4:08pm PT by Eriq Gardner
Controversial Video Shows Superstar Recording Artists Singing the Glories of File-Sharing (Video)
In the old days, superstar recording artists used to get together and warble for causes like humanitarian aid to Africa, world hunger and AIDS. Now a bunch of musicians and other celebrities are singing an ode to a popular file storage site that has often gotten under the skin of the movie and record industries.
Move over Band Aid and USA for Africa.
It's time for the "Megaupload Mega Song," from Will.i.am, P Diddy, Kim Kardashian, Alicia Keys, Snoop Dogg, Chris Brown, Kanye West, Lil John, Jamie Foxx, Mary J Blige, Floyd Mayweather, The Game and more.
Over a simple electro-beat, the various stars sing how much they love the service. Torrent Freak says the music video is a "stunning PR coup" for Megaupload, which has been attacked by the MPAA and RIAA. And on Friday the video was taken down from YouTube, a move that TechDirt says might be due to a copyright infringement claim from Universal Music Group.
The service has reportedly garnered Kanye West's support because it's "the fastest and safest way to send files," gotten Keys on board because it proves she's serious about music, and earned Snoop's endorsement because "it keeps the kids off the street."
The Game adds that even his lawyers know he uses it, noting "...and I got plenty of them."
Megaupload is based in Hong Kong and is run by a guy named Kim Dotcom (born Kim Schmitz). The company has only been sued one time in the United States for copyright infringement. In January, adult entertainment company Perfect 10 accused the company of encouraging users to upload its copyrighted material on the service.
Many industry folks probably figured it would be tough to litigate against a company that operates outside U.S. jurisdiction and is cloaked in mystery, but Megaupload surprised Hollywood by responding to the lawsuit.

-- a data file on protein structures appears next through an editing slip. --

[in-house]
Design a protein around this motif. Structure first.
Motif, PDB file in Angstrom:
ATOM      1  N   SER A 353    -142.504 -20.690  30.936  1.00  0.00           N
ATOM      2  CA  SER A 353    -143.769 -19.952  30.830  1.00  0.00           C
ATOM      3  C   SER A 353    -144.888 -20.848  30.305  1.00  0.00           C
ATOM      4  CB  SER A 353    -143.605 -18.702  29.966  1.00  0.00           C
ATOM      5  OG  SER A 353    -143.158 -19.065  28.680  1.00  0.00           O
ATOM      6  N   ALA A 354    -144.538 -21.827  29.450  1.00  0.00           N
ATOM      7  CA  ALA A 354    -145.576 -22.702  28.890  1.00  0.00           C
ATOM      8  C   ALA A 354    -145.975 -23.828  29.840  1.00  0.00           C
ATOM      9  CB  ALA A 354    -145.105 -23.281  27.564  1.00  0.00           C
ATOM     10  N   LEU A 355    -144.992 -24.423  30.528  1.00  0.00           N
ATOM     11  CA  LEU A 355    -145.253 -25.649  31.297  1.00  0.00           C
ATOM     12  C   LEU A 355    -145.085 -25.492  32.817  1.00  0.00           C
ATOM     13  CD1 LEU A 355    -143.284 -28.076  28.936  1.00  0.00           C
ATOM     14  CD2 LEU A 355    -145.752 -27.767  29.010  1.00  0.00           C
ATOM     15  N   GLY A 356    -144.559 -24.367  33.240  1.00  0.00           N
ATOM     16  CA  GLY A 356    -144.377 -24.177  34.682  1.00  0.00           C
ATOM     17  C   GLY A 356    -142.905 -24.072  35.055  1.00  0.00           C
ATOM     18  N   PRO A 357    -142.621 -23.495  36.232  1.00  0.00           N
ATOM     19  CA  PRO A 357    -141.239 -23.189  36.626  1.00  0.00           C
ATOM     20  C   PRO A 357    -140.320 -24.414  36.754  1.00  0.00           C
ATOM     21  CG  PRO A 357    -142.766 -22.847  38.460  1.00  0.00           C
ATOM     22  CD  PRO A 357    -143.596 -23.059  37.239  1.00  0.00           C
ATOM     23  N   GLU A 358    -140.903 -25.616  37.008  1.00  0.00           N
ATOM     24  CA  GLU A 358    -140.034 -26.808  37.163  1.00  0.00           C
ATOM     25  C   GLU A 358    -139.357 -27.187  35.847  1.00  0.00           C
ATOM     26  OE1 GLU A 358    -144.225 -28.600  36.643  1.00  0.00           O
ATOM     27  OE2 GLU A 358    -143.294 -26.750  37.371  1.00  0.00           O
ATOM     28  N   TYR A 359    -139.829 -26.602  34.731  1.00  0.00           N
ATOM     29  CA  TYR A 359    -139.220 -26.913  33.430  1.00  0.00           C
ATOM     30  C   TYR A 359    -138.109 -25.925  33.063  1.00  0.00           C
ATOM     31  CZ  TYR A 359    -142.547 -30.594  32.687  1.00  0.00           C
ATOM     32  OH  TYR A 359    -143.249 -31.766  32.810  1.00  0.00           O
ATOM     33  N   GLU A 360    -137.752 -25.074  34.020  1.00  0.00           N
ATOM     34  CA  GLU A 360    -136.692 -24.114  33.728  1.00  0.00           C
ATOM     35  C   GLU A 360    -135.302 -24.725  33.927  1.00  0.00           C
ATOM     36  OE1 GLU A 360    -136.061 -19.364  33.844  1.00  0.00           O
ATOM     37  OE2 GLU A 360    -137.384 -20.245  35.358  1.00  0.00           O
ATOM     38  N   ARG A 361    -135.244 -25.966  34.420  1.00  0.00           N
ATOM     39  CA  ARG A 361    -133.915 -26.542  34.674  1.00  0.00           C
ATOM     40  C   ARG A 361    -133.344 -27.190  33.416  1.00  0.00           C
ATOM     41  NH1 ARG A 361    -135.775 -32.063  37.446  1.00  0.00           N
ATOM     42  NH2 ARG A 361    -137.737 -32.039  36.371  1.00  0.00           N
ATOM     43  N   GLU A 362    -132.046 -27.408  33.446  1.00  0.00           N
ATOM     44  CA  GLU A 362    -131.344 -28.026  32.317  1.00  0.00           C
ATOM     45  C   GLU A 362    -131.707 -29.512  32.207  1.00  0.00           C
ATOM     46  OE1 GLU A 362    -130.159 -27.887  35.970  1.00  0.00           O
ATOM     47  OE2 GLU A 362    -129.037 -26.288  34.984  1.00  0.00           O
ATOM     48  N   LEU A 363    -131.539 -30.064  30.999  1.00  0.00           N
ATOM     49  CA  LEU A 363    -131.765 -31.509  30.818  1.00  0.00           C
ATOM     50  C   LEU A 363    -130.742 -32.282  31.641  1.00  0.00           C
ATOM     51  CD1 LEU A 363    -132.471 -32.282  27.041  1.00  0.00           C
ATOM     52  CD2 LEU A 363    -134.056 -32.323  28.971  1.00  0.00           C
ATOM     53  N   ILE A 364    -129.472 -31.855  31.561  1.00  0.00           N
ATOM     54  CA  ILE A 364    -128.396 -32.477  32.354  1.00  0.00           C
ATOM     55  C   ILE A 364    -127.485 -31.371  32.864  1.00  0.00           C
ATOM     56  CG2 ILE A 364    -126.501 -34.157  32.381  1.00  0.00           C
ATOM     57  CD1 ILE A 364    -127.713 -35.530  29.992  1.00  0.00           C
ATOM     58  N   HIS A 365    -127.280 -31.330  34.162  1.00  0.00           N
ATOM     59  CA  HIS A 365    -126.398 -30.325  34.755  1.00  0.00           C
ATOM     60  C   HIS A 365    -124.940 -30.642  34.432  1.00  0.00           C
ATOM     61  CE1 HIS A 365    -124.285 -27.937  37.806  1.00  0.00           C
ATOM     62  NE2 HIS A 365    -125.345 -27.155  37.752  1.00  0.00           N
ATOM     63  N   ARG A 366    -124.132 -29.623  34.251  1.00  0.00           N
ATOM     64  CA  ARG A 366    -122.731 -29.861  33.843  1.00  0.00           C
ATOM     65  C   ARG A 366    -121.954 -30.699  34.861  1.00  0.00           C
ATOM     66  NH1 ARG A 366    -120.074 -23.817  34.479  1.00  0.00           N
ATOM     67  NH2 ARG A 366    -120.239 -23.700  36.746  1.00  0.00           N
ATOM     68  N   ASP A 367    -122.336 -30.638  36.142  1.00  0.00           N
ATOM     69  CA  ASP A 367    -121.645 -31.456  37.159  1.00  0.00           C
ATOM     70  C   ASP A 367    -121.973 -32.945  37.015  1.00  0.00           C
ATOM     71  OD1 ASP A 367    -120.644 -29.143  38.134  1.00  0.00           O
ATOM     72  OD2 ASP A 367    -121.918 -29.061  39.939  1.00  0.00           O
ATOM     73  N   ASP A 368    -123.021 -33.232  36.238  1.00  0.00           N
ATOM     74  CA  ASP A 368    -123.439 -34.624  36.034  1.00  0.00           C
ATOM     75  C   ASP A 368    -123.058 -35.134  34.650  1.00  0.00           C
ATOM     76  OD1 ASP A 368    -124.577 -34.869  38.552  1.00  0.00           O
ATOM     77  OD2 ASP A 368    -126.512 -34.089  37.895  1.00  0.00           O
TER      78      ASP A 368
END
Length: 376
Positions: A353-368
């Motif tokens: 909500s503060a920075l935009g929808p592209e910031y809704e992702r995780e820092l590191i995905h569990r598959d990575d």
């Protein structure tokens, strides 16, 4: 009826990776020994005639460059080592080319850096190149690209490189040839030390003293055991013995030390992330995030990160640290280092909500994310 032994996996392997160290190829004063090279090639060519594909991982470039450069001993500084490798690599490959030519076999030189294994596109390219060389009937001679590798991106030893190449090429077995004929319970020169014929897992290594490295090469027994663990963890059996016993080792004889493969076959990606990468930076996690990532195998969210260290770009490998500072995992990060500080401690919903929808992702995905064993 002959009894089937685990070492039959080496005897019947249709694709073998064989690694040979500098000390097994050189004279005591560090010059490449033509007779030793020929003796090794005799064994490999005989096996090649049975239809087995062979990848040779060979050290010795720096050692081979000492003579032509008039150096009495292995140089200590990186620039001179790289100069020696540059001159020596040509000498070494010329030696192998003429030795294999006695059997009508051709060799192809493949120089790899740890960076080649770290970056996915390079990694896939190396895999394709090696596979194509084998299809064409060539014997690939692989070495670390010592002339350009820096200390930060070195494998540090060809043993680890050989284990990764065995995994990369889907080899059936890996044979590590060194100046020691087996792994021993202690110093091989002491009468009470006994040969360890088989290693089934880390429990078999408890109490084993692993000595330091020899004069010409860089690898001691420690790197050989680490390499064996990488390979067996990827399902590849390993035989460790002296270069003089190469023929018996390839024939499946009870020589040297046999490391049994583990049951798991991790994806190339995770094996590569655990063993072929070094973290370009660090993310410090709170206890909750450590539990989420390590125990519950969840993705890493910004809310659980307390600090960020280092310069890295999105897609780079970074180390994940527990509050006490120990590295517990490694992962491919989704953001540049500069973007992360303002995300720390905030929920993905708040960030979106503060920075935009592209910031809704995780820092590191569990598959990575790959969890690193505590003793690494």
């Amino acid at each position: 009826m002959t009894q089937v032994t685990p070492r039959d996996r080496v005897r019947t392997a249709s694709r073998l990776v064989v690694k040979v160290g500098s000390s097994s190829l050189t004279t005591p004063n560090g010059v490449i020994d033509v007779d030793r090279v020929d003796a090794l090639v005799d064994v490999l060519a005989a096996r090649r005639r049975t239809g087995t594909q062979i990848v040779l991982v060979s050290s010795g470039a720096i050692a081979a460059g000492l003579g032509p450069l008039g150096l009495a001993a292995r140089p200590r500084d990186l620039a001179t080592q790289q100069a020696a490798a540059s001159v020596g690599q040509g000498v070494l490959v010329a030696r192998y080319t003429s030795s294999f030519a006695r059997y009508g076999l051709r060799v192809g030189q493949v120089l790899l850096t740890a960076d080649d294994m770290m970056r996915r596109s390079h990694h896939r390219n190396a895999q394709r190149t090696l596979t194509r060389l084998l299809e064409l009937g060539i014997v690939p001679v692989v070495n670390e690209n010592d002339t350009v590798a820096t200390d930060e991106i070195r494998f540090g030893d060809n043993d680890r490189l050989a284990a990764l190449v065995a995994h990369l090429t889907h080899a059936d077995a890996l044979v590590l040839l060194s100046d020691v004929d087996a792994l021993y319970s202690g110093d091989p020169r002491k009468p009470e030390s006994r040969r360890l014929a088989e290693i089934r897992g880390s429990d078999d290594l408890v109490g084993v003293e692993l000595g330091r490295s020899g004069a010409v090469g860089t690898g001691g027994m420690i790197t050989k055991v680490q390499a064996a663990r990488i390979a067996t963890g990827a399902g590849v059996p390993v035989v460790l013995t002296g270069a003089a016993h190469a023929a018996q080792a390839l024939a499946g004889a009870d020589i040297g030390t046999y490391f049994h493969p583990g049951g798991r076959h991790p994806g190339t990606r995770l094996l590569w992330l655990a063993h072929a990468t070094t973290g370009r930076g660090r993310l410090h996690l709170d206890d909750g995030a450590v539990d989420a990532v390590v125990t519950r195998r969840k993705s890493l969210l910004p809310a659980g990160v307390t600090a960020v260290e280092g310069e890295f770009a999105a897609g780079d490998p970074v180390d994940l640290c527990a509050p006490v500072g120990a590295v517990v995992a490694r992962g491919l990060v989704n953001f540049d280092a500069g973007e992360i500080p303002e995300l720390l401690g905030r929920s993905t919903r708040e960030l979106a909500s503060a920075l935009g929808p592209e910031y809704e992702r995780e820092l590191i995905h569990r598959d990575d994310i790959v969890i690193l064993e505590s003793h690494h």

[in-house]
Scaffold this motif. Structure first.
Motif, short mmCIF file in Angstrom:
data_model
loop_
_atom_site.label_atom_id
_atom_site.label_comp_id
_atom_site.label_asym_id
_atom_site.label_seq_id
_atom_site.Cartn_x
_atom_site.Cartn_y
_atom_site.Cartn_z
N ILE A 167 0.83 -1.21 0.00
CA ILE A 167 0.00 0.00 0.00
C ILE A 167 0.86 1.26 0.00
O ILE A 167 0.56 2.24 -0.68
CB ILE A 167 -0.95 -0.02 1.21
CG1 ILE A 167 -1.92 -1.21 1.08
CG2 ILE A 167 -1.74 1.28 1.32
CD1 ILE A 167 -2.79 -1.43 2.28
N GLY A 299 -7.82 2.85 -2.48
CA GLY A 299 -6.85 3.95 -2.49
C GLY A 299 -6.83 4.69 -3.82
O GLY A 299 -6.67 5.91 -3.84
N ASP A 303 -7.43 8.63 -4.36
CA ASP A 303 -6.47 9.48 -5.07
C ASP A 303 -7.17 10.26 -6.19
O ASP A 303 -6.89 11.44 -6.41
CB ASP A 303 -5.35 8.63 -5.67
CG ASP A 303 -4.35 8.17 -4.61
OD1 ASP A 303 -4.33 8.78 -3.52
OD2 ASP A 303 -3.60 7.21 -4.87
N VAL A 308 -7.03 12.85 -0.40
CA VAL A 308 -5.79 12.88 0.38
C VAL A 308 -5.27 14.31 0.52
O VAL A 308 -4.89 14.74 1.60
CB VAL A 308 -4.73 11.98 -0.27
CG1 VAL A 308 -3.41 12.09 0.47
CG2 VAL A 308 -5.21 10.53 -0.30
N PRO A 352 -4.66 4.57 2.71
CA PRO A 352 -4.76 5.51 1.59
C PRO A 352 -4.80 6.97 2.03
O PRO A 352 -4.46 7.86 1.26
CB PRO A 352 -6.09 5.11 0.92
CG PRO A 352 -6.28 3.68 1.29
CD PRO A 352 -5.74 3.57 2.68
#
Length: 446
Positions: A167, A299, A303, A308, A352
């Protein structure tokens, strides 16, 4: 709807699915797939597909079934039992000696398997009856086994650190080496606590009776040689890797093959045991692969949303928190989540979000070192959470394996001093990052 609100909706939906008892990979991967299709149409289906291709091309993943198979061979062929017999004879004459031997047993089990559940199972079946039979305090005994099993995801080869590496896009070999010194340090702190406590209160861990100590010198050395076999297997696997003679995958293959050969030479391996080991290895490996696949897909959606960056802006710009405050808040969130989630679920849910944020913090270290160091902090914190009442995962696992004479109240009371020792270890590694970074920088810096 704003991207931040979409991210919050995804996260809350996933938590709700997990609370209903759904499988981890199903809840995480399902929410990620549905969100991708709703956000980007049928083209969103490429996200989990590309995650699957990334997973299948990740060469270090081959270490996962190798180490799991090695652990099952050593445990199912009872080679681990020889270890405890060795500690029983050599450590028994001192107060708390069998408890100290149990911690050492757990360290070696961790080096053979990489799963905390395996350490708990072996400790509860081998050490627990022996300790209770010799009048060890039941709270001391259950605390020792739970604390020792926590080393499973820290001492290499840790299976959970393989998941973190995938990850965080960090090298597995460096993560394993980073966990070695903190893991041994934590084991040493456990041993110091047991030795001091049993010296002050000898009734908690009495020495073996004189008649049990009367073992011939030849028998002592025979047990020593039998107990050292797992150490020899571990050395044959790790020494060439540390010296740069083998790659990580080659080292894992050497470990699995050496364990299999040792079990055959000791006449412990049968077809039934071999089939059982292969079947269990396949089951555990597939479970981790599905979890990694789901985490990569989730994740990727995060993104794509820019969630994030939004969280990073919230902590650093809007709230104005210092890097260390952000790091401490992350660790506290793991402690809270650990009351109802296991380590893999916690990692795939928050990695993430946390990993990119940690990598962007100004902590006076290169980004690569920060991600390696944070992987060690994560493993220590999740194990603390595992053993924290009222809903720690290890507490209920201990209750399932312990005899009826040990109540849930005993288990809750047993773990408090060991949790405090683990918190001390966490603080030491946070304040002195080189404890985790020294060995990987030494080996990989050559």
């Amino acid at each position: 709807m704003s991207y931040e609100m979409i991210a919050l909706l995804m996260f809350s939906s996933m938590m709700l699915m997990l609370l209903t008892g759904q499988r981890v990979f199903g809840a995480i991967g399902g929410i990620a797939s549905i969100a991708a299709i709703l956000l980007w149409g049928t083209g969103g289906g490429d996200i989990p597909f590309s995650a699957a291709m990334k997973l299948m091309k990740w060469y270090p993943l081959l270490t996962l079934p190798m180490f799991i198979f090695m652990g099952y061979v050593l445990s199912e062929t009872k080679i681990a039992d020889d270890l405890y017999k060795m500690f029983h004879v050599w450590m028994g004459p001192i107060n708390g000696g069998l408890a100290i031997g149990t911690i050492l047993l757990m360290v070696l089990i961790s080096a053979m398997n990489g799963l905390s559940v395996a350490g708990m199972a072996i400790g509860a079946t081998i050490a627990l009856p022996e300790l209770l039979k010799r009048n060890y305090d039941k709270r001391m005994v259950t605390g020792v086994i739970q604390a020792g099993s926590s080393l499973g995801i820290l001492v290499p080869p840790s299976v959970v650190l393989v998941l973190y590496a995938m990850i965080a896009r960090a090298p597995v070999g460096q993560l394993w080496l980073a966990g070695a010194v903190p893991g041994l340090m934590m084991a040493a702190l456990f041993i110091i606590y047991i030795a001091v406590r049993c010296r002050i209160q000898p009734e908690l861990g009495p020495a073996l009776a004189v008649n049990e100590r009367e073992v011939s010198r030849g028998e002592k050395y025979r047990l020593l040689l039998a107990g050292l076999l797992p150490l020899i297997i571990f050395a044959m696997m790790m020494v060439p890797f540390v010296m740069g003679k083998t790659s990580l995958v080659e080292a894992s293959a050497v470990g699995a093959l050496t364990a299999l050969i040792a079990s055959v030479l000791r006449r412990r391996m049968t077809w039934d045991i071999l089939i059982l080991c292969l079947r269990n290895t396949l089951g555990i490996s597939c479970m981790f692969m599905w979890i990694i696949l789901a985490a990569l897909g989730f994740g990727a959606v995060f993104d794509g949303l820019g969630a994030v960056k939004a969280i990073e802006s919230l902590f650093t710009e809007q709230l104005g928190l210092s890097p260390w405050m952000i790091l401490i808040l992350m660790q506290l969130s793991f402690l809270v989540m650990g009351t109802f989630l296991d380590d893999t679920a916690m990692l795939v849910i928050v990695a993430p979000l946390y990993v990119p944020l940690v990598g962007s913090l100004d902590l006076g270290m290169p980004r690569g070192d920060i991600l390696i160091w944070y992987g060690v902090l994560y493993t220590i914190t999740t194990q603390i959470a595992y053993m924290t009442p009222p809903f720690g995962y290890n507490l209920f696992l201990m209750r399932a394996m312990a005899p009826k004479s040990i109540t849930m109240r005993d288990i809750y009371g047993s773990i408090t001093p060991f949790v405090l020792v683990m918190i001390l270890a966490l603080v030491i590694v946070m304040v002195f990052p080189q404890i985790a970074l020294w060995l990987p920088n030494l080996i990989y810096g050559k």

In July, a federal judge turned down Megaupload's motion to dismiss the suit, finding:
"Megaupload serves as more than a passive conduit and more than a mere 'file storage' company: It has created distinct Web sites presumably in an effort to streamline users' access to different types of media. It encourages and in some cases pays its users to upload vast amounts of popular media through its rewards programs. It disseminates URLS for various files throughout the Internet. It provides payouts to affiliate websites who maintain a catalogue of all available files and last at a minimum, it is plausibly aware of the ongoing rampant infringement taking place on its Web sites."
In September, however, Megaupload settled the lawsuit with Perfect 10. Terms of the agreement haven't been revealed, but the parties submitted a motion so that the judge's July decision would be vacated.
The content industry has continued to attack Kim and the storage locker. Two weeks ago, Creative America, a coalition of major studios, networks, labor unions, and others, released an anti-piracy advertisement that includes among its targets "the infamous founder of Megaupload," alleging he makes up to $300 million in profits off of piracy.
The creators of "Megaupload Mega Song" are now rallying support of Megaupload. Besides the video below, there's also a club remix of the song in circulation.